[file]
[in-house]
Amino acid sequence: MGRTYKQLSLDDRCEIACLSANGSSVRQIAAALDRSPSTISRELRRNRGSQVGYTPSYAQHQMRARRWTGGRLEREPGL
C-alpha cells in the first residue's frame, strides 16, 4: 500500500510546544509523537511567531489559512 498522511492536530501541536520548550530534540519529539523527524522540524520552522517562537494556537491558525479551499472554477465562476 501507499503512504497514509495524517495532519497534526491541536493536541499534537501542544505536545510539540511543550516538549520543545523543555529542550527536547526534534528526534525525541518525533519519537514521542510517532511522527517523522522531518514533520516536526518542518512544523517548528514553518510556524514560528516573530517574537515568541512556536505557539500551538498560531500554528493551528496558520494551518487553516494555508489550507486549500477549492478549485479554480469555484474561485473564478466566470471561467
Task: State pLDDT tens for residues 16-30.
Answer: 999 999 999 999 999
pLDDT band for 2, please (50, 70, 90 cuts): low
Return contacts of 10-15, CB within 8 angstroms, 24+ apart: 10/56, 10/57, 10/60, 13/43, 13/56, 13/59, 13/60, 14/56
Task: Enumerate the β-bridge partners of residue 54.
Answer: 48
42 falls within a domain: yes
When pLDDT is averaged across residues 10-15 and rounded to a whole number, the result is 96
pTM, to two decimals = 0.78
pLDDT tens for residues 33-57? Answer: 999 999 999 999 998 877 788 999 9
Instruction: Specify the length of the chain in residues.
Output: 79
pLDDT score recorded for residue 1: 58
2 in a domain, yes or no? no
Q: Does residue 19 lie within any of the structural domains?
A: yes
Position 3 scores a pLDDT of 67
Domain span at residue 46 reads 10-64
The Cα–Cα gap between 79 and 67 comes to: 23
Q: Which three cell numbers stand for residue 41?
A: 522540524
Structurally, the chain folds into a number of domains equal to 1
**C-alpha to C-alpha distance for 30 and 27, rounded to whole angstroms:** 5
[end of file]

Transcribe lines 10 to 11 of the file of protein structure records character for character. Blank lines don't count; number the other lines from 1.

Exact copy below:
42 falls within a domain: yes
When pLDDT is averaged across residues 10-15 and rounded to a whole number, the result is 96